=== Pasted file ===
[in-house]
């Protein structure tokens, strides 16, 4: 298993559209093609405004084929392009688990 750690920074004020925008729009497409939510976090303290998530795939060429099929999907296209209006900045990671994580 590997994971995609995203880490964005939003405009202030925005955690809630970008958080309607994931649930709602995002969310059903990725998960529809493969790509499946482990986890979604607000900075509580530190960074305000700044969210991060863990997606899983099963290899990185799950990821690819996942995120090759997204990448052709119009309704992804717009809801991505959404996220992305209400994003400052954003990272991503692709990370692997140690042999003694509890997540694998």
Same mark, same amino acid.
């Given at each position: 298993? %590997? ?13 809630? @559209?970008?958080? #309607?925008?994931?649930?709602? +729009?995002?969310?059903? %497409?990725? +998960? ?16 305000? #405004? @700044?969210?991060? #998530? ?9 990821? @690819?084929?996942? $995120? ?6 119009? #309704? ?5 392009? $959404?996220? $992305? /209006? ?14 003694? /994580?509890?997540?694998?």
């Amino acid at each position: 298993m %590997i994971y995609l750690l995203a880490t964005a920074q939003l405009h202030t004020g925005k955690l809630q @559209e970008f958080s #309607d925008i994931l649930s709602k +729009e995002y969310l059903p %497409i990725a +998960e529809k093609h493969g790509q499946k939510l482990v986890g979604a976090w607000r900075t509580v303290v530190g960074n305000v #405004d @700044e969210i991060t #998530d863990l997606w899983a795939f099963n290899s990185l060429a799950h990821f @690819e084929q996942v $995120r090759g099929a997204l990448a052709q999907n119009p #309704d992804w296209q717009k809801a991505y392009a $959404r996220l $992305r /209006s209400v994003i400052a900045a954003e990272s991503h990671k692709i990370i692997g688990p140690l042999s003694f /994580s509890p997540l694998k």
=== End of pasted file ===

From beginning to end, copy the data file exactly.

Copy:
[in-house]
């Protein structure tokens, strides 16, 4: 298993559209093609405004084929392009688990 750690920074004020925008729009497409939510976090303290998530795939060429099929999907296209209006900045990671994580 590997994971995609995203880490964005939003405009202030925005955690809630970008958080309607994931649930709602995002969310059903990725998960529809493969790509499946482990986890979604607000900075509580530190960074305000700044969210991060863990997606899983099963290899990185799950990821690819996942995120090759997204990448052709119009309704992804717009809801991505959404996220992305209400994003400052954003990272991503692709990370692997140690042999003694509890997540694998």
Same mark, same amino acid.
């Given at each position: 298993? %590997? ?13 809630? @559209?970008?958080? #309607?925008?994931?649930?709602? +729009?995002?969310?059903? %497409?990725? +998960? ?16 305000? #405004? @700044?969210?991060? #998530? ?9 990821? @690819?084929?996942? $995120? ?6 119009? #309704? ?5 392009? $959404?996220? $992305? /209006? ?14 003694? /994580?509890?997540?694998?």
């Amino acid at each position: 298993m %590997i994971y995609l750690l995203a880490t964005a920074q939003l405009h202030t004020g925005k955690l809630q @559209e970008f958080s #309607d925008i994931l649930s709602k +729009e995002y969310l059903p %497409i990725a +998960e529809k093609h493969g790509q499946k939510l482990v986890g979604a976090w607000r900075t509580v303290v530190g960074n305000v #405004d @700044e969210i991060t #998530d863990l997606w899983a795939f099963n290899s990185l060429a799950h990821f @690819e084929q996942v $995120r090759g099929a997204l990448a052709q999907n119009p #309704d992804w296209q717009k809801a991505y392009a $959404r996220l $992305r /209006s209400v994003i400052a900045a954003e990272s991503h990671k692709i990370i692997g688990p140690l042999s003694f /994580s509890p997540l694998k």